As I ‘confessed’ in my reaction to Nicky Hager’s book Dirty Politics, I fell for the deceptive spin on the extraordinarily rapid ‘service’ National Party attack blogger Cameron Slater was given on his 2011 OIA request for SIS briefing notes.
The Prime Minister’s office’s role in this ‘hit’ on then Labour leader Phil Goff is revealed in Dirty Politics … and is now the subject of an investigation by the Inspector-General of Intelligence and Security.
I apologised via this blog post to Martyn Bradbury (and, actually in person to a somewhat startled-looking Bradbury at Nicky Hager’s public meeting a few days later on 27 August) for rubbishing his conspiracy theory about the politicisation of the SIS:
As it turns out, it now looks like that was a Prime Minister’s office black-op ‘hit’ on Goff, using Cameron Slater.
So I fumbled that, and didn’t get close enough to the heart of what was [allegedly] really going on. Also, I scorned the often febrile blogger Martyn Bradbury for his ‘hallucinations’ and ‘vitriol’ about the SIS-OIA matter. I owe Martyn Bradbury an apology for that. This is it: Sorry Martyn. It looks like you were right about this and I got it wrong.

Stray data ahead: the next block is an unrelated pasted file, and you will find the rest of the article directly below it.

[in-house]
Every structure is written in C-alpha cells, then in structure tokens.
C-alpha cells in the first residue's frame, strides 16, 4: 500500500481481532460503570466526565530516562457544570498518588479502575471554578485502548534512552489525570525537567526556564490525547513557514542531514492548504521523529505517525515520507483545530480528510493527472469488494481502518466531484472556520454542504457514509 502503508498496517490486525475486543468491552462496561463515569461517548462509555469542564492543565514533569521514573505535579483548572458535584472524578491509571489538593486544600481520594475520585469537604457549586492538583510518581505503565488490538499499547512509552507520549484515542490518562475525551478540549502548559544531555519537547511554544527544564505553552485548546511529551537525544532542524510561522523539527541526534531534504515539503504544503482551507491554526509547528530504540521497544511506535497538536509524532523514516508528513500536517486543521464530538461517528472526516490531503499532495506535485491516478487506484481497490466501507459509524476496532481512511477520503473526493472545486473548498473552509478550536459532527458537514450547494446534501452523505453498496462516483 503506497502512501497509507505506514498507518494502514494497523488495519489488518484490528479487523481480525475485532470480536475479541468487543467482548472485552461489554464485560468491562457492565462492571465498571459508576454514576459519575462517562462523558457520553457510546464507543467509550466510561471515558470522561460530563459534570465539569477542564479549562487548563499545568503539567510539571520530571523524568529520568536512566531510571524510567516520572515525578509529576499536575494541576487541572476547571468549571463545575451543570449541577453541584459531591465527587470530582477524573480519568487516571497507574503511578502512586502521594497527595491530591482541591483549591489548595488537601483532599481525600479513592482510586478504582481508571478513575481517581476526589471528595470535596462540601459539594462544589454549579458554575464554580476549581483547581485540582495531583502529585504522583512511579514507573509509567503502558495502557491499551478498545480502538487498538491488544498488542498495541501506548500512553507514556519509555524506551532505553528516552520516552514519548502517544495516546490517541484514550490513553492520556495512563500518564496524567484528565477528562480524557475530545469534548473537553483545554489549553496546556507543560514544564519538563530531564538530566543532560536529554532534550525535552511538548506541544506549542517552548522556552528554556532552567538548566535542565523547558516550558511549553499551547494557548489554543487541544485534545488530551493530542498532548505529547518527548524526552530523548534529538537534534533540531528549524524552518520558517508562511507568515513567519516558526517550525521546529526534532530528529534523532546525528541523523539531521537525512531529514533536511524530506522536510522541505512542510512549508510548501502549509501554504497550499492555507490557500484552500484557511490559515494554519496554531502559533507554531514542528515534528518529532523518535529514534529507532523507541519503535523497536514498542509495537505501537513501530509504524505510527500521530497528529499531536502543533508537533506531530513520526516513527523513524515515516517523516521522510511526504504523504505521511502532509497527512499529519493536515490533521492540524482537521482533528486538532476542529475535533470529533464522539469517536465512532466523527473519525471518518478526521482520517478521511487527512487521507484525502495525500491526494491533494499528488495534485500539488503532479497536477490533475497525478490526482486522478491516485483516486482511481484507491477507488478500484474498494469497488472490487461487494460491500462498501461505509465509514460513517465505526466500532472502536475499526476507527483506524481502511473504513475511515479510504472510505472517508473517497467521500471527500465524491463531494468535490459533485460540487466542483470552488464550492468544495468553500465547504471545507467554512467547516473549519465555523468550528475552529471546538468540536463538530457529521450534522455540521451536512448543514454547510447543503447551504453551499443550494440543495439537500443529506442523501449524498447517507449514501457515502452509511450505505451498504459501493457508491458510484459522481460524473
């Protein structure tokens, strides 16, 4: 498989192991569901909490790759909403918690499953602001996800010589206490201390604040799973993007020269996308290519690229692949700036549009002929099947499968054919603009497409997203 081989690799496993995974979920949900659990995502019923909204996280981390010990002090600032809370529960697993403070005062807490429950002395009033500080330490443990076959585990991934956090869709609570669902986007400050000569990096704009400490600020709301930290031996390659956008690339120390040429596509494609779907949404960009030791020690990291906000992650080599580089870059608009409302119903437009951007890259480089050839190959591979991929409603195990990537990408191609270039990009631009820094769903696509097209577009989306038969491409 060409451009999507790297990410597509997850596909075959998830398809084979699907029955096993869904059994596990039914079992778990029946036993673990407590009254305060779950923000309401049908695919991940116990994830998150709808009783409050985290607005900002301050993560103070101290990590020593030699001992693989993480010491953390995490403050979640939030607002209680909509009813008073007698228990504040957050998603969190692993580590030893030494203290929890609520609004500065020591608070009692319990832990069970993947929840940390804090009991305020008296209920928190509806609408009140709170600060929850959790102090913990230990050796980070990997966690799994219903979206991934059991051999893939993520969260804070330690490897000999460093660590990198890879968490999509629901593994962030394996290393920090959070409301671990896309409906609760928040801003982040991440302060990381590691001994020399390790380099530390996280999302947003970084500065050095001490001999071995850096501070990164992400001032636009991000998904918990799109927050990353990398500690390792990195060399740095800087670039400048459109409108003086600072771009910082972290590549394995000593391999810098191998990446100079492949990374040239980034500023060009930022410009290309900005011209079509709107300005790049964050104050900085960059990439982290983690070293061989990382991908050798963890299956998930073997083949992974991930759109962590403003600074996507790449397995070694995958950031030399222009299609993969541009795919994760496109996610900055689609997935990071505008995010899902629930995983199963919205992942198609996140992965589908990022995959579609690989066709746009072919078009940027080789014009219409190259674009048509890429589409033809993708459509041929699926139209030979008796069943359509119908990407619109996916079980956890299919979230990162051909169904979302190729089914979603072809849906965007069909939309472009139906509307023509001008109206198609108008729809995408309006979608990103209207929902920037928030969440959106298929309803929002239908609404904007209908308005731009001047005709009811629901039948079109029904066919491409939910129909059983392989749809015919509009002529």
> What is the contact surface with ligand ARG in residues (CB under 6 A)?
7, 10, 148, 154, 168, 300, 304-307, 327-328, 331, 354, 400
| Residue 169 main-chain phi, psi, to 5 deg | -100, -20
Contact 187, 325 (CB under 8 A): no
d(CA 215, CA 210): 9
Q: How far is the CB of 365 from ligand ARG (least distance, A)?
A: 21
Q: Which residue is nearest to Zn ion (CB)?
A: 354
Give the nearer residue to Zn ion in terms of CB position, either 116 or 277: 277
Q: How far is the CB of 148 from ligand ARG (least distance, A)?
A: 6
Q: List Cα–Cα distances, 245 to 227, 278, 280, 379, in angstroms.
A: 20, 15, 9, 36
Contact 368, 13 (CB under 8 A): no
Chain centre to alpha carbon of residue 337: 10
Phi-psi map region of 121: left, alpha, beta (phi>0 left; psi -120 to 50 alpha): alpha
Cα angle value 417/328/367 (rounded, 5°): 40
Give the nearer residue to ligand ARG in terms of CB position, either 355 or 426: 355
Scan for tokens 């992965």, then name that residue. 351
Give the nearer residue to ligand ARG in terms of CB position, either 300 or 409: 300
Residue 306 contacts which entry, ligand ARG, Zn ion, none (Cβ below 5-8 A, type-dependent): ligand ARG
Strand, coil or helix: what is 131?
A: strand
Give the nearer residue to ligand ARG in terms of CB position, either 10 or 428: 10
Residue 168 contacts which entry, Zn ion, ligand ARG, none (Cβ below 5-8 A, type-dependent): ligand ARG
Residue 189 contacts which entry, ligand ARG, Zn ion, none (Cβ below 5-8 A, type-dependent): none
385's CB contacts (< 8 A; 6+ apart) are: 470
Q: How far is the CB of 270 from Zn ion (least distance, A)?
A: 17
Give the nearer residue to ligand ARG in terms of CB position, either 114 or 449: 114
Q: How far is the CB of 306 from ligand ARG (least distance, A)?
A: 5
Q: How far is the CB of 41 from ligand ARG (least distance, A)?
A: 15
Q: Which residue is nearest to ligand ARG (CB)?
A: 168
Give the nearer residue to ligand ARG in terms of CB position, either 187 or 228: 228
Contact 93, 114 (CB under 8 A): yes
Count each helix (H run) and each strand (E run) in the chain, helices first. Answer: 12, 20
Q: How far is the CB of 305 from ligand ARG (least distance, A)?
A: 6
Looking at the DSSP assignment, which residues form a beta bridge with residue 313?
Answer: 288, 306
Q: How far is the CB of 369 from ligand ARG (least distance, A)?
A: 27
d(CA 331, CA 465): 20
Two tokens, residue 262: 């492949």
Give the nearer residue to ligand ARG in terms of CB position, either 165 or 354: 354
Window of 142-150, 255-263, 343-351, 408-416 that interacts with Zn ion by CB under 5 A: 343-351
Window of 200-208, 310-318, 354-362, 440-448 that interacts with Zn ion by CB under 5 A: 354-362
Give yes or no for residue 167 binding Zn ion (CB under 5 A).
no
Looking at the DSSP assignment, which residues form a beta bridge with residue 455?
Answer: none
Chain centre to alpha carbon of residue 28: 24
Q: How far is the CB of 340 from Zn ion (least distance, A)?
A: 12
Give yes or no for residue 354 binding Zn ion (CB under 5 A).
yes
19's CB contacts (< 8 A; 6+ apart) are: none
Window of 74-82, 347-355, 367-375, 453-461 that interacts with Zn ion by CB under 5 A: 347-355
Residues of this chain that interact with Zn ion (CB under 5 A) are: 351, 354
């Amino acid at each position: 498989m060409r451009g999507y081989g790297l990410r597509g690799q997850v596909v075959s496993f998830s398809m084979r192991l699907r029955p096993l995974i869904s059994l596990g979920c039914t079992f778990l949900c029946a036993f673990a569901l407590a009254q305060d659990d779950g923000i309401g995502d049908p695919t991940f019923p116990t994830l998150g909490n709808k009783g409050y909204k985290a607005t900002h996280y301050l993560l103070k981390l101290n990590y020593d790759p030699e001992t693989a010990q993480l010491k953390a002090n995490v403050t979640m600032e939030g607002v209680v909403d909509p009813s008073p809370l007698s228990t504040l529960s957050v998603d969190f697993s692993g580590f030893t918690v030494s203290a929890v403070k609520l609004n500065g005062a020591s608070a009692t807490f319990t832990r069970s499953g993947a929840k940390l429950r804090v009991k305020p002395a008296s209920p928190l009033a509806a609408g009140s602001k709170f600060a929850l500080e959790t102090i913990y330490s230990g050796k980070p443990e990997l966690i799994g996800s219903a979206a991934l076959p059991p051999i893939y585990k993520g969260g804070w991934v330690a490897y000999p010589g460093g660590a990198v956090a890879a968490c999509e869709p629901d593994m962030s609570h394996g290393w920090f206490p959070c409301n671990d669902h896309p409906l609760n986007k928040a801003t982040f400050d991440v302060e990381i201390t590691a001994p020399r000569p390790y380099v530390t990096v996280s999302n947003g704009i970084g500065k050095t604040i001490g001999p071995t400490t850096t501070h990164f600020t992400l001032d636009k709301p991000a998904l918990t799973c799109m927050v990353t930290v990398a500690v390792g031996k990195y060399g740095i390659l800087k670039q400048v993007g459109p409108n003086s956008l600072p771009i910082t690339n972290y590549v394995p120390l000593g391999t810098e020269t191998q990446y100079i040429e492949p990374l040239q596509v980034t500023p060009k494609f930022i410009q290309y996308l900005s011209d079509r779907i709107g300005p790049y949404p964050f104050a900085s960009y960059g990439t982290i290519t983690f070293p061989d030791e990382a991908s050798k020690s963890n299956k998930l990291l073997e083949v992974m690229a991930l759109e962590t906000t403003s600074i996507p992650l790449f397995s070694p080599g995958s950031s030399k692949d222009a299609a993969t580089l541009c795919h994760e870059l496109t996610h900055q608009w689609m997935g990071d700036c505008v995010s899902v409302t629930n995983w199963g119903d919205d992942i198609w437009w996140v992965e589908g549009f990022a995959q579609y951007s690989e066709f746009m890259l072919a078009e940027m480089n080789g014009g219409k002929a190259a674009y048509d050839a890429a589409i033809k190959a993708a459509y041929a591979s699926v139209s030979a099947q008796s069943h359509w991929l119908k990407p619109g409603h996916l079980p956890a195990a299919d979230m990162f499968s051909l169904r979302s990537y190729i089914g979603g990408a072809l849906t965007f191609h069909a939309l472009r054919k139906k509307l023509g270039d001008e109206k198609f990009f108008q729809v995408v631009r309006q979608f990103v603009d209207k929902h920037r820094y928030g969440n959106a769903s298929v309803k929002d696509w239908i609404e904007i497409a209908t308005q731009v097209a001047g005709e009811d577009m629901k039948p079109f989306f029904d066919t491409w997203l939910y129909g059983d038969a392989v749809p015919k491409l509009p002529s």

Honestly, it seemed too far fetched to me at the time. How naive of me.
So … how could I be so dumb?
Thinking about it, that was back in the days when I would meet Cameron Slater now and then for a coffee and a catch-up. Unlike some, I’m not embarrassed or ashamed of that contact, nor worried in the slightest if my e-mails or messages back & forth with him are ever published. I’m serious.
I didn’t go ‘undercover’ or pretend to be a different person holding different views. I was/am open about where and when I disagree with people, even friends. Sometimes that leads to tension, even broken relationships, but I figure it’s better to be honest.
As I explained to Cameron Slater’s wife when she (irrationally) tried to give me a hard time in the whale oil blog comments after one of those meetings in October 2011:
I perfectly understand why you might be offended by some of my public criticisms of Cam’s activism, his campaigns and vendettas. Sorry, he’s a big boy, and he plays the blogging game pretty hard and personal himself.